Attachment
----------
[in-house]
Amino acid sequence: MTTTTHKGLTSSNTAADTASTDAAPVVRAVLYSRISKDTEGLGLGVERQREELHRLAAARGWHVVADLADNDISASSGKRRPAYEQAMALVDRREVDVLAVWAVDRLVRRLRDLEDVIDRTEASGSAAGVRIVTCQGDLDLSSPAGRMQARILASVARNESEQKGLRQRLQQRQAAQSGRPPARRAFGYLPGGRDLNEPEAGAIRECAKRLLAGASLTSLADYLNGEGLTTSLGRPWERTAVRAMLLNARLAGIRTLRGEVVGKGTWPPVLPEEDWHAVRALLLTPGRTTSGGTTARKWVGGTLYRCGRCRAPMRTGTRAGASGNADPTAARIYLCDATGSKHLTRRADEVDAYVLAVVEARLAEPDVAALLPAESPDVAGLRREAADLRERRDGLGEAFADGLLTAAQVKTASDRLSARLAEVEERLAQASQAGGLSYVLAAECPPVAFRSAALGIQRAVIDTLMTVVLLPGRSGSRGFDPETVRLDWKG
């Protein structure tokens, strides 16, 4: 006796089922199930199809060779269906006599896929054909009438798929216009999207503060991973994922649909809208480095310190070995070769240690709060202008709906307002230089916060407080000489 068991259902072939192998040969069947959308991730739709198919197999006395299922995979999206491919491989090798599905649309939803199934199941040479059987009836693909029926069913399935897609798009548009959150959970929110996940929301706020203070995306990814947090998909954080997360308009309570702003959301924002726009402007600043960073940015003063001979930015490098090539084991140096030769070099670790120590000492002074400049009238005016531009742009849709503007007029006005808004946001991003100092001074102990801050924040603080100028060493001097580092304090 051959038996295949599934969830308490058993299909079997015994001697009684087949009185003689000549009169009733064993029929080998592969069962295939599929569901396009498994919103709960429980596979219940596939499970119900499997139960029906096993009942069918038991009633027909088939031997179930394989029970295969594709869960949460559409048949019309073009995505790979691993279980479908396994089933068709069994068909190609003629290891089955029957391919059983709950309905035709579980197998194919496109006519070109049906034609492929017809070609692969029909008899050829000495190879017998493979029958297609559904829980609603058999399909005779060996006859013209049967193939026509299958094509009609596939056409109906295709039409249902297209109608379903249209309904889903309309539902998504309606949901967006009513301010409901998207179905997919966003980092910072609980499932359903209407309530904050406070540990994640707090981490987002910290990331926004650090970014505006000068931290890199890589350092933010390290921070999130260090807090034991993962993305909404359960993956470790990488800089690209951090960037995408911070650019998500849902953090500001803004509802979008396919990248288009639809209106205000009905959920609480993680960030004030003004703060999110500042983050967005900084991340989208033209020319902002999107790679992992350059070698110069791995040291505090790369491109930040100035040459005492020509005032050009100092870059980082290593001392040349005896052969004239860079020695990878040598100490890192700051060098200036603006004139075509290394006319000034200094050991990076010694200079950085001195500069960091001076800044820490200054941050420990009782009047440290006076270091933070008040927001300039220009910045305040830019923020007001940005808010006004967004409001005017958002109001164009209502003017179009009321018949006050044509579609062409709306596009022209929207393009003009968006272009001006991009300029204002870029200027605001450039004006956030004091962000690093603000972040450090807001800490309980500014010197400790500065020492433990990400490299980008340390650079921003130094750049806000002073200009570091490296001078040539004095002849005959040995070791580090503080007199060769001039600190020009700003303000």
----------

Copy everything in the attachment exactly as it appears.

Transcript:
[in-house]
Amino acid sequence: MTTTTHKGLTSSNTAADTASTDAAPVVRAVLYSRISKDTEGLGLGVERQREELHRLAAARGWHVVADLADNDISASSGKRRPAYEQAMALVDRREVDVLAVWAVDRLVRRLRDLEDVIDRTEASGSAAGVRIVTCQGDLDLSSPAGRMQARILASVARNESEQKGLRQRLQQRQAAQSGRPPARRAFGYLPGGRDLNEPEAGAIRECAKRLLAGASLTSLADYLNGEGLTTSLGRPWERTAVRAMLLNARLAGIRTLRGEVVGKGTWPPVLPEEDWHAVRALLLTPGRTTSGGTTARKWVGGTLYRCGRCRAPMRTGTRAGASGNADPTAARIYLCDATGSKHLTRRADEVDAYVLAVVEARLAEPDVAALLPAESPDVAGLRREAADLRERRDGLGEAFADGLLTAAQVKTASDRLSARLAEVEERLAQASQAGGLSYVLAAECPPVAFRSAALGIQRAVIDTLMTVVLLPGRSGSRGFDPETVRLDWKG
């Protein structure tokens, strides 16, 4: 006796089922199930199809060779269906006599896929054909009438798929216009999207503060991973994922649909809208480095310190070995070769240690709060202008709906307002230089916060407080000489 068991259902072939192998040969069947959308991730739709198919197999006395299922995979999206491919491989090798599905649309939803199934199941040479059987009836693909029926069913399935897609798009548009959150959970929110996940929301706020203070995306990814947090998909954080997360308009309570702003959301924002726009402007600043960073940015003063001979930015490098090539084991140096030769070099670790120590000492002074400049009238005016531009742009849709503007007029006005808004946001991003100092001074102990801050924040603080100028060493001097580092304090 051959038996295949599934969830308490058993299909079997015994001697009684087949009185003689000549009169009733064993029929080998592969069962295939599929569901396009498994919103709960429980596979219940596939499970119900499997139960029906096993009942069918038991009633027909088939031997179930394989029970295969594709869960949460559409048949019309073009995505790979691993279980479908396994089933068709069994068909190609003629290891089955029957391919059983709950309905035709579980197998194919496109006519070109049906034609492929017809070609692969029909008899050829000495190879017998493979029958297609559904829980609603058999399909005779060996006859013209049967193939026509299958094509009609596939056409109906295709039409249902297209109608379903249209309904889903309309539902998504309606949901967006009513301010409901998207179905997919966003980092910072609980499932359903209407309530904050406070540990994640707090981490987002910290990331926004650090970014505006000068931290890199890589350092933010390290921070999130260090807090034991993962993305909404359960993956470790990488800089690209951090960037995408911070650019998500849902953090500001803004509802979008396919990248288009639809209106205000009905959920609480993680960030004030003004703060999110500042983050967005900084991340989208033209020319902002999107790679992992350059070698110069791995040291505090790369491109930040100035040459005492020509005032050009100092870059980082290593001392040349005896052969004239860079020695990878040598100490890192700051060098200036603006004139075509290394006319000034200094050991990076010694200079950085001195500069960091001076800044820490200054941050420990009782009047440290006076270091933070008040927001300039220009910045305040830019923020007001940005808010006004967004409001005017958002109001164009209502003017179009009321018949006050044509579609062409709306596009022209929207393009003009968006272009001006991009300029204002870029200027605001450039004006956030004091962000690093603000972040450090807001800490309980500014010197400790500065020492433990990400490299980008340390650079921003130094750049806000002073200009570091490296001078040539004095002849005959040995070791580090503080007199060769001039600190020009700003303000």